From 29 March 2019 the government’s new ‘start-up’ visa finally opened for new applicants. Announced last June, the visa is intended as a replacement to the Tier 1 (Graduate Entrepreneur) route but carries with it the expectation that it will, as Sajid Javid declared at the time, ensure that the UK can attract the “best global talent and maintain the UK’s position as a world-leading destination for innovation and entrepreneurs”.
In simple terms, the aim is that the start-up visa will help attract ambitious people to set up businesses which will in turn drive growth by increasing levels of productivity and creating high-paid jobs for local residents, benefiting the economy as a whole.
So hopes are clearly high — but will this visa category live up to the hype?
First, the good news
The Home Office has taken a more progressive approach in how it treats foreign entrepreneurship. For starters, would-be applicants for a start-up visa do not need to show that they already have money to put into the business to secure the visa.
And whereas the Tier 1 (Graduate Entrepreneur) category was only available to graduates from UK universities, the start-up visa is open to anyone who has an idea translatable into a viable business plan, meaning that talented and ambitious entrepreneurs are no longer prevented from setting up businesses in the UK due to lack of funds or UK qualifications.
An applicant will be able to apply from outside of the UK or switch into the start-up visa route from Tier 1 (Graduate Entrepreneur), Tier 2 and Tier 4 (General) subject to certain restrictions. People can also switch from the visitor category if they have been undertaking permitted activities as a prospective entrepreneur, as set out in Appendix V.
Who can apply?
Start-up visa applicants need to fulfil two sets of criteria, which are at Part W3 and Part W5 of the Immigration Rules.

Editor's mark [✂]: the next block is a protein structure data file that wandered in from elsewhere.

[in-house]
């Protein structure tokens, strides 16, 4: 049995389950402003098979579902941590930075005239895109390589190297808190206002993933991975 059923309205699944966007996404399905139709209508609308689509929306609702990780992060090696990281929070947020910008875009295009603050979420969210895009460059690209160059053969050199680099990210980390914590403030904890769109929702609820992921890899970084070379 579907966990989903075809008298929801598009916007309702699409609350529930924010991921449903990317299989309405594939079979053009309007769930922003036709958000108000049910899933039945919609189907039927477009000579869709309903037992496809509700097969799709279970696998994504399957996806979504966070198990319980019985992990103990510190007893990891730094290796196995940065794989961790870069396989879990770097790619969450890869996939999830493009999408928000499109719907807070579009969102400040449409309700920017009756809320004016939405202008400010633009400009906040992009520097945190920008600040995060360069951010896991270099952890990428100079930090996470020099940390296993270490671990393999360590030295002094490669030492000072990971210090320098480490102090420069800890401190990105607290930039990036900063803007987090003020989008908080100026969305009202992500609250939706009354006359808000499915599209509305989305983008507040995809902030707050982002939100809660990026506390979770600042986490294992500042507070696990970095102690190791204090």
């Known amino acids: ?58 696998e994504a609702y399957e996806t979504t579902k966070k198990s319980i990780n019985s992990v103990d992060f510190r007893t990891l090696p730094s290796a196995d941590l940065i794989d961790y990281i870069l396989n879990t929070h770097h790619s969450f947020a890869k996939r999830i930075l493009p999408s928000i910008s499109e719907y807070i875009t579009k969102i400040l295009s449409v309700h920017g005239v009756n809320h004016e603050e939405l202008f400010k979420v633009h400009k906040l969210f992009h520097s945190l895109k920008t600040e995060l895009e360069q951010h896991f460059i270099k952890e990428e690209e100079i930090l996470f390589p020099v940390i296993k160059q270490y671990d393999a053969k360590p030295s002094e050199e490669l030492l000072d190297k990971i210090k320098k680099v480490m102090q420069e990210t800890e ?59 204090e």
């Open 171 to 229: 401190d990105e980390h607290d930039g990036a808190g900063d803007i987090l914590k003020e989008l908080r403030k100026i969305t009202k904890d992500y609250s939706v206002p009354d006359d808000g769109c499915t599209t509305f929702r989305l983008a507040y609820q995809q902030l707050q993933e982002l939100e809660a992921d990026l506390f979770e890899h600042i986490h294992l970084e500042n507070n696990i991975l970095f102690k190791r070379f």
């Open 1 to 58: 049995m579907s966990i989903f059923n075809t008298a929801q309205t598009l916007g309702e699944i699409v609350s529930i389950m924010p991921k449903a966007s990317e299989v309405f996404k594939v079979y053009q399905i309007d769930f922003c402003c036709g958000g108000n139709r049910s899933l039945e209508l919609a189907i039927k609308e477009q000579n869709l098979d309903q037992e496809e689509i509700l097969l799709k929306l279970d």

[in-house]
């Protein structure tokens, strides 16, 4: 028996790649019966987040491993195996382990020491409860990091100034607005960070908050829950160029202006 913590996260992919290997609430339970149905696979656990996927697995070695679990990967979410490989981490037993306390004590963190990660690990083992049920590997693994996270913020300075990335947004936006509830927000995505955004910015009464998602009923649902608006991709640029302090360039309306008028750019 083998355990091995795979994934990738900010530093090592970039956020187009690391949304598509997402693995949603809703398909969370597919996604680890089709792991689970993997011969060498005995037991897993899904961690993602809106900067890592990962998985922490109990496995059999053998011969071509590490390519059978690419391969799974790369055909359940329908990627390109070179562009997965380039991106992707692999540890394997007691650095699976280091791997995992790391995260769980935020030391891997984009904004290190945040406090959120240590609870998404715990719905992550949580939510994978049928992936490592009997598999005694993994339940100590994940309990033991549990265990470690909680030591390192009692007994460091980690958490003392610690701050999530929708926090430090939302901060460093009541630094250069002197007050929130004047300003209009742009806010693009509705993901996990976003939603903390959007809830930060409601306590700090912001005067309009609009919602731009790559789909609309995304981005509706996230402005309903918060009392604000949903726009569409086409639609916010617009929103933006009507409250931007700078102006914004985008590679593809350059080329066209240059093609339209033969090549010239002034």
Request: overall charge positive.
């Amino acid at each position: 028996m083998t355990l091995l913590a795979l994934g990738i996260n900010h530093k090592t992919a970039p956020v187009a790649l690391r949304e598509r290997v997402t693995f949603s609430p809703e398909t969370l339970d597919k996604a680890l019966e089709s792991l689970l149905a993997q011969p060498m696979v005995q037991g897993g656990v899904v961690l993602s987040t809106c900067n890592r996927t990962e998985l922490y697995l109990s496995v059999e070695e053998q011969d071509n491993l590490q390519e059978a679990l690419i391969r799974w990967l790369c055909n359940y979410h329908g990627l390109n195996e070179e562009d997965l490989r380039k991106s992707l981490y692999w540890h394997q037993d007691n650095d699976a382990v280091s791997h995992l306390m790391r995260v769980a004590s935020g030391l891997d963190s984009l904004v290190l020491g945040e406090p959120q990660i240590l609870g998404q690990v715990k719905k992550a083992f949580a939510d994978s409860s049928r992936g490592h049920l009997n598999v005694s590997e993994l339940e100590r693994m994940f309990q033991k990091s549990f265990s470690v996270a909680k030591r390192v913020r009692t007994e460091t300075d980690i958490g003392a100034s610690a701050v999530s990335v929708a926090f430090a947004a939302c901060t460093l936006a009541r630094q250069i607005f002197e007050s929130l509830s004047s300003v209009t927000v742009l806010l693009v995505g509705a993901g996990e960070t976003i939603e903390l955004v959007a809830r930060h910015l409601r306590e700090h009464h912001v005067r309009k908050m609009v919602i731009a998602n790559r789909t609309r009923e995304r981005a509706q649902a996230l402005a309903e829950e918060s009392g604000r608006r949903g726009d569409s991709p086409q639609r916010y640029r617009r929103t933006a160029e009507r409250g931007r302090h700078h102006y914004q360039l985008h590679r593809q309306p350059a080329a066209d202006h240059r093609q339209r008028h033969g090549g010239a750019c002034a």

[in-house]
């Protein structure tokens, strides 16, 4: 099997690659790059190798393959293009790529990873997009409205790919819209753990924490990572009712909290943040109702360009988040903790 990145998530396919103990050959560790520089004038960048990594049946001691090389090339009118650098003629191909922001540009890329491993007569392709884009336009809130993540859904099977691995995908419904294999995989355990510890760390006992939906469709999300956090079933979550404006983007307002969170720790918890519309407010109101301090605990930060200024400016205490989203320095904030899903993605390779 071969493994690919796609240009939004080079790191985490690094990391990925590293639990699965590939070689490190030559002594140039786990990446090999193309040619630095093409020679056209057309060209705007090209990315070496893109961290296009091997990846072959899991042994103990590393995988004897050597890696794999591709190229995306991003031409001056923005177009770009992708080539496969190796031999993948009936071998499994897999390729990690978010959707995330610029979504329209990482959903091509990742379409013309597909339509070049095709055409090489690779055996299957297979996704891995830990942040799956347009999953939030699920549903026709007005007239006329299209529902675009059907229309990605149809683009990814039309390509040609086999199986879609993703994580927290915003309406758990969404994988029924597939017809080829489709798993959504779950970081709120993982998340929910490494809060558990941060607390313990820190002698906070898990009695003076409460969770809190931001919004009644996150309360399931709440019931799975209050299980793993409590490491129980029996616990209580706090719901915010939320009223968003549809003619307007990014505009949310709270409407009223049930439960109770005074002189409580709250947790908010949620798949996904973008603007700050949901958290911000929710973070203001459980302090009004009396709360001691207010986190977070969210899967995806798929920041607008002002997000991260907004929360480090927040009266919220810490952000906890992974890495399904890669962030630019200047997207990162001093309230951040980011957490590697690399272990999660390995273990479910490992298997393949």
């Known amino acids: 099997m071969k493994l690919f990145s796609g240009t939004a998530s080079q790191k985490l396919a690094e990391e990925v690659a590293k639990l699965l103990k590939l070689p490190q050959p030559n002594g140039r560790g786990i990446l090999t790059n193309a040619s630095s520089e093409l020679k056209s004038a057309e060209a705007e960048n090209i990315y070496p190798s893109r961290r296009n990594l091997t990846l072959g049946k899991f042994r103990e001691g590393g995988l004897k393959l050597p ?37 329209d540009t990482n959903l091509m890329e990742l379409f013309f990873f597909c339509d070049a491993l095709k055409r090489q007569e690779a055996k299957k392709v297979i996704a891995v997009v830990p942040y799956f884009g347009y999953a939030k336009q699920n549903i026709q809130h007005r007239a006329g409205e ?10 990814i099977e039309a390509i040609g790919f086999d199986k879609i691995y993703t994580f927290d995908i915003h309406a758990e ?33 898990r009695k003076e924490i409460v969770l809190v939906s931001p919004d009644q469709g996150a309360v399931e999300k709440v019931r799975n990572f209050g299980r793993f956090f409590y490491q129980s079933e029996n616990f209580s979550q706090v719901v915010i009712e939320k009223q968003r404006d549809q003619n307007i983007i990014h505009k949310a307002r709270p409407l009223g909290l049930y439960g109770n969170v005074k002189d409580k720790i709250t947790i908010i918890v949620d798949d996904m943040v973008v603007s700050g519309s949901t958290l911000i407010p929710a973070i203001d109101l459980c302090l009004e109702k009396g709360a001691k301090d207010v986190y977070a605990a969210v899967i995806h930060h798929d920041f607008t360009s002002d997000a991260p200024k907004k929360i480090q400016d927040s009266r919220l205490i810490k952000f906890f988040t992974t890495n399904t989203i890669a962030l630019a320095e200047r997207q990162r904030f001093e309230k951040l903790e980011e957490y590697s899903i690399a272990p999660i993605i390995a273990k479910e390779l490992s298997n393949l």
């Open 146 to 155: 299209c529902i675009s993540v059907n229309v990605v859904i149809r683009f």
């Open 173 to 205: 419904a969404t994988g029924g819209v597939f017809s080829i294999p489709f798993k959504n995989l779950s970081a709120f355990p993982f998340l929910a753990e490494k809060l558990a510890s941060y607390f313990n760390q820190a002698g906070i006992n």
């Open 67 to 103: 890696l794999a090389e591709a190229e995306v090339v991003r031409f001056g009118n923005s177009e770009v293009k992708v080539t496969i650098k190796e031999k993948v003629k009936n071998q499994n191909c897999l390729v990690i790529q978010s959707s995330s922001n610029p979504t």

Part W3 contains general requirements (that is, they apply to other types of visa and not just to start-up visas). An applicant needs to be over 18 and pass an English language test at upper intermediate (B2) level. This is up from intermediate (B1) for its predecessor.
An applicant will also need to meet a maintenance requirement by showing they have held £945 in savings over a 90-day period before they apply. They do not need to provide evidence of maintenance funds if the letter from their endorsing body confirms they have been awarded funding of at least £945.
Part W5 talks about the need to be endorsed by an organisation that will assess the applicant’s business idea. This forms the main hurdle for potential applicants.
Who will assess the business idea?
Like its predecessor the Tier 1 (Graduate Entrepreneur) visa, the start-up visa will outsource the assessments of business ideas to independent bodies familiar with supporting entrepreneurs. They will scrutinise an idea for its innovation, viability and scalability.
We now have the list of organisations who can endorse a business idea. The Home Office has sensibly compiled a group of business accelerators and incubators that are skilled in supporting entrepreneurs to build businesses that can scale. Alongside these are universities and other higher education institutions who will presumably operate the system in a similar fashion to their previous cohort of graduate entrepreneurs (who tended to be endorsed by the universities they studied at).
The start-up visa has had a rocky first couple of weeks. It has come to light that a number of the organisations on the list are not yet issuing endorsements and after being contacted some are not even aware of the visa category or their role within it. We will have to see how this develops but this is not a start which inspires great confidence.
What are the criteria for an endorsement?
What is striking about the Home Office guidance for endorsing bodies is the freedom and flexibility the organisations have in this new endorsing role.
Firstly, they can choose to only endorse individuals who are familiar to them or who they have been working with. With the list of endorsing bodies dominated by universities the risk is that non-graduates may have limited access to endorsement opportunities if institutions only endorse their former students. This also undermines the premise of the route that it will be open to all would-be innovators and entrepreneurs.
Secondly, while the Home Office has set out three key criteria for the endorsement bodies — innovation, viability and scalability — the guidance acknowledges that bodies will have their own criteria for what makes a successful business idea and encourages them to take their own approach. While this will allow the bodies to adjudicate on ideas in a way that is familiar to them, it will lead to very different criteria being applied by different endorsing bodies which could in turn create unfairness and abuse.
The key criteria have been fleshed out in Part W5.2 of the Immigration Rules:
- Innovation — does the applicant have a genuine, original business plan that meets new or existing market needs and/or creates a competitive advantage?